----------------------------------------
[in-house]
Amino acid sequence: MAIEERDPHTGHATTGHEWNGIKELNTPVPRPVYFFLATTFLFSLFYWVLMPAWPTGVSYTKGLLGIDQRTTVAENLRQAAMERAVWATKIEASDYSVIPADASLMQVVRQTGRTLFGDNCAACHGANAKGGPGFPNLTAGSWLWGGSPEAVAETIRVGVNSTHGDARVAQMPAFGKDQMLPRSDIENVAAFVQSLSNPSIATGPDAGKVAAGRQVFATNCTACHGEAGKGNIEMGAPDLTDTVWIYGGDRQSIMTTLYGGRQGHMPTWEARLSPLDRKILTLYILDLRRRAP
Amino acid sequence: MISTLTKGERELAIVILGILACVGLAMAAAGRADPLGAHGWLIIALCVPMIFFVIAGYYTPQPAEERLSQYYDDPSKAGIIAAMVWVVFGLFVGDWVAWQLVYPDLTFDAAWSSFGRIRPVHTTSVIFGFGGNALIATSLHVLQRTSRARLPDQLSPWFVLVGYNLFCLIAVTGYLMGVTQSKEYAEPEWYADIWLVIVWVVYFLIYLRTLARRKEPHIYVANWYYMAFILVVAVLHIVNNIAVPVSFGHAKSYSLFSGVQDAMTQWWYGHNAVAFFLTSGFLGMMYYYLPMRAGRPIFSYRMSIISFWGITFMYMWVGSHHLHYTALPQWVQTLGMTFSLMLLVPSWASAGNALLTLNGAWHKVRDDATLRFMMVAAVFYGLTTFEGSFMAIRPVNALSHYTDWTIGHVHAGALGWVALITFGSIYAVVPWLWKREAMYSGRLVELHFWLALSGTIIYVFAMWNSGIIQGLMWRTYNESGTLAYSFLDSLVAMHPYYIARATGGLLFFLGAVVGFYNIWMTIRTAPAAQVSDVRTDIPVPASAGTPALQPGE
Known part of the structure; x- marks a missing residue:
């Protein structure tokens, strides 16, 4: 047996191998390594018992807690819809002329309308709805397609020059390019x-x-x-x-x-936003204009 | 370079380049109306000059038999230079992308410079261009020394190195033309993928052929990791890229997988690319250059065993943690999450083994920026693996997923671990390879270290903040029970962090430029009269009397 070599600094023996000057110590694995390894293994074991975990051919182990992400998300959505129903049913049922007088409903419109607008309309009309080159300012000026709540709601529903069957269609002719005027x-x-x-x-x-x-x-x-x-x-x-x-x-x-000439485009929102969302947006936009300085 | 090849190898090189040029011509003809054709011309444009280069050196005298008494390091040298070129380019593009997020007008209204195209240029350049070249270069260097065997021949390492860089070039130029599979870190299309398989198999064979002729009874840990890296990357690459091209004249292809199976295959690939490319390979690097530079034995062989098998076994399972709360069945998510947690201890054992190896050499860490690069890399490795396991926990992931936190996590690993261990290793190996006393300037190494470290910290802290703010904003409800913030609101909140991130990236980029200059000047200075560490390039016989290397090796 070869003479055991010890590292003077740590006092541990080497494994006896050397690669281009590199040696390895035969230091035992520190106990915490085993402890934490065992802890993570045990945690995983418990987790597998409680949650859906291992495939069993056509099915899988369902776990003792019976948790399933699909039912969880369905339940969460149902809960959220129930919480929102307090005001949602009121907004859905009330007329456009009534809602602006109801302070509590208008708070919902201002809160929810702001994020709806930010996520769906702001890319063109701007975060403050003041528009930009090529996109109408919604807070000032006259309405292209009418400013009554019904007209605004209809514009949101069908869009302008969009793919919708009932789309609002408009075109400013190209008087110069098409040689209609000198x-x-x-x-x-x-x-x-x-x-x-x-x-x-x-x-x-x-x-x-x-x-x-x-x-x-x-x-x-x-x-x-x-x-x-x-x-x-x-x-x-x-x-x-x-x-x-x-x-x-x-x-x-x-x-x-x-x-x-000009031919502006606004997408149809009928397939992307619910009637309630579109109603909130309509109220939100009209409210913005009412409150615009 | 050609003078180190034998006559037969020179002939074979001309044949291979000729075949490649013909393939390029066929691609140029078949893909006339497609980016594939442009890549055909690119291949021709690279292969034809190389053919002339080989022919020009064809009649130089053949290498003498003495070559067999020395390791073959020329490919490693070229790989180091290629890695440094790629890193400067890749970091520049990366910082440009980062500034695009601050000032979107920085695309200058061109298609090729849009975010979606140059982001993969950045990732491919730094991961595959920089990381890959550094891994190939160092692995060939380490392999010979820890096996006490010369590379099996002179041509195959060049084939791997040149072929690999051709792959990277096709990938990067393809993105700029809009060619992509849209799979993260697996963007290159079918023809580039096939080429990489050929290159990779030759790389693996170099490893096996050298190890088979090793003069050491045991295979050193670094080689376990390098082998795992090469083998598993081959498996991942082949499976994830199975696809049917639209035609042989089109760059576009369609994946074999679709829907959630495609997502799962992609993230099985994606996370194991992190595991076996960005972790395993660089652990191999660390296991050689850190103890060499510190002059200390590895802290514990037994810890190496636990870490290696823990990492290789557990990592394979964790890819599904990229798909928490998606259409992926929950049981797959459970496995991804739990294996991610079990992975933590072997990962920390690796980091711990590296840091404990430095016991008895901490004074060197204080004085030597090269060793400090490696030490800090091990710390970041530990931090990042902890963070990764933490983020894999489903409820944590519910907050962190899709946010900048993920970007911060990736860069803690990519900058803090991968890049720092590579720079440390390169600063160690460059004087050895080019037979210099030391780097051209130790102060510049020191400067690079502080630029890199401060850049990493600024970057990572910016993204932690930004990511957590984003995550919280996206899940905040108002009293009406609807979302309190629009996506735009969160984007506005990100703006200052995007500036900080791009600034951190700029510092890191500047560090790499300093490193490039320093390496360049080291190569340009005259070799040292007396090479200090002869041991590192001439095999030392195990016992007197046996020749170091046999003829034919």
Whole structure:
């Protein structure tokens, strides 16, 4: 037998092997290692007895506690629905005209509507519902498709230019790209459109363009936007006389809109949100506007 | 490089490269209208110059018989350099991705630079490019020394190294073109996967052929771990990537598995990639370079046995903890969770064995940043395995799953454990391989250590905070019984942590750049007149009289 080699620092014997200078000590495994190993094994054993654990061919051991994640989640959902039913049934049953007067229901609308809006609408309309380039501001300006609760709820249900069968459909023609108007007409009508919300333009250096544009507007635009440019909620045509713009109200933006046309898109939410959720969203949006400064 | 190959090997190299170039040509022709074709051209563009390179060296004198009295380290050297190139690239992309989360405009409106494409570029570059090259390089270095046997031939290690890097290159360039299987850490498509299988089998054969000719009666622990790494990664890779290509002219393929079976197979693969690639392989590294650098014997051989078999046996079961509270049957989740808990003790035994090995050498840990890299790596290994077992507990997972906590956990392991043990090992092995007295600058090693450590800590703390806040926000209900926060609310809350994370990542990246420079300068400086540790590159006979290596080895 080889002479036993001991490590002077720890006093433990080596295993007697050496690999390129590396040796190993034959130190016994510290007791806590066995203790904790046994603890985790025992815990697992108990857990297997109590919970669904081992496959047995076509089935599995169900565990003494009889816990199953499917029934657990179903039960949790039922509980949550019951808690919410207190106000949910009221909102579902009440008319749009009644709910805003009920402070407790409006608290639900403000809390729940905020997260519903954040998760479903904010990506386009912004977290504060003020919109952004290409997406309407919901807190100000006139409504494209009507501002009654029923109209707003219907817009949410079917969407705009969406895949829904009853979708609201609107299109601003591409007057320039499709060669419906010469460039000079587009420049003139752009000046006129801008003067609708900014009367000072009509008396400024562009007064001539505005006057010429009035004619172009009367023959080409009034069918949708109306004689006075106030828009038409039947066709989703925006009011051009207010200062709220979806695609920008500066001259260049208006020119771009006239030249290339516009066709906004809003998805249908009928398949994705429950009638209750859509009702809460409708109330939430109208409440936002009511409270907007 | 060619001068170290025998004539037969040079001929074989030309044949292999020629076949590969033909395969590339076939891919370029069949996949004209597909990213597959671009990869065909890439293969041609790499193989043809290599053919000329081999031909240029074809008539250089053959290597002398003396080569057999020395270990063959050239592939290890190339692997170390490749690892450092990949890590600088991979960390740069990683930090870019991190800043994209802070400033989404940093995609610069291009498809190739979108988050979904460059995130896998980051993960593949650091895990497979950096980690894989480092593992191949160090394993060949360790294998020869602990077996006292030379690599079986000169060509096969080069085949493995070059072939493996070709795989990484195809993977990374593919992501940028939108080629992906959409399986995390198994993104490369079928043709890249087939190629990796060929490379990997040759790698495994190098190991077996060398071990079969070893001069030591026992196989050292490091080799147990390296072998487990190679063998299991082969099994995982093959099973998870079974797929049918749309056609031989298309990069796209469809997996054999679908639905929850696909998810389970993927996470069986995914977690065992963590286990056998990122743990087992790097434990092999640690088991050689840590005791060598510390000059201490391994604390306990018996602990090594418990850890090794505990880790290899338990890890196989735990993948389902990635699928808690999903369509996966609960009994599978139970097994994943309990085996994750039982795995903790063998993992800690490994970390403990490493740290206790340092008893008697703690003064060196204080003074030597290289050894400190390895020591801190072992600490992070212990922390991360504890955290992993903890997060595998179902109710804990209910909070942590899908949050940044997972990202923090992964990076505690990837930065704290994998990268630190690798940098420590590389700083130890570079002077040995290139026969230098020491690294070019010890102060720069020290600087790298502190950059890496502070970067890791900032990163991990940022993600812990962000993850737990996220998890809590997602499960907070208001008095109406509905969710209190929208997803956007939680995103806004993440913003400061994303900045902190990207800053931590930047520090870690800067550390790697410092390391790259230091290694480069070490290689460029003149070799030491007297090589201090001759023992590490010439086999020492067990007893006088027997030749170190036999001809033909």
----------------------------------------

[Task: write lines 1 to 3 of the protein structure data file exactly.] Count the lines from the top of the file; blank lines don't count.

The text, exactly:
[in-house]
Amino acid sequence: MAIEERDPHTGHATTGHEWNGIKELNTPVPRPVYFFLATTFLFSLFYWVLMPAWPTGVSYTKGLLGIDQRTTVAENLRQAAMERAVWATKIEASDYSVIPADASLMQVVRQTGRTLFGDNCAACHGANAKGGPGFPNLTAGSWLWGGSPEAVAETIRVGVNSTHGDARVAQMPAFGKDQMLPRSDIENVAAFVQSLSNPSIATGPDAGKVAAGRQVFATNCTACHGEAGKGNIEMGAPDLTDTVWIYGGDRQSIMTTLYGGRQGHMPTWEARLSPLDRKILTLYILDLRRRAP
Amino acid sequence: MISTLTKGERELAIVILGILACVGLAMAAAGRADPLGAHGWLIIALCVPMIFFVIAGYYTPQPAEERLSQYYDDPSKAGIIAAMVWVVFGLFVGDWVAWQLVYPDLTFDAAWSSFGRIRPVHTTSVIFGFGGNALIATSLHVLQRTSRARLPDQLSPWFVLVGYNLFCLIAVTGYLMGVTQSKEYAEPEWYADIWLVIVWVVYFLIYLRTLARRKEPHIYVANWYYMAFILVVAVLHIVNNIAVPVSFGHAKSYSLFSGVQDAMTQWWYGHNAVAFFLTSGFLGMMYYYLPMRAGRPIFSYRMSIISFWGITFMYMWVGSHHLHYTALPQWVQTLGMTFSLMLLVPSWASAGNALLTLNGAWHKVRDDATLRFMMVAAVFYGLTTFEGSFMAIRPVNALSHYTDWTIGHVHAGALGWVALITFGSIYAVVPWLWKREAMYSGRLVELHFWLALSGTIIYVFAMWNSGIIQGLMWRTYNESGTLAYSFLDSLVAMHPYYIARATGGLLFFLGAVVGFYNIWMTIRTAPAAQVSDVRTDIPVPASAGTPALQPGE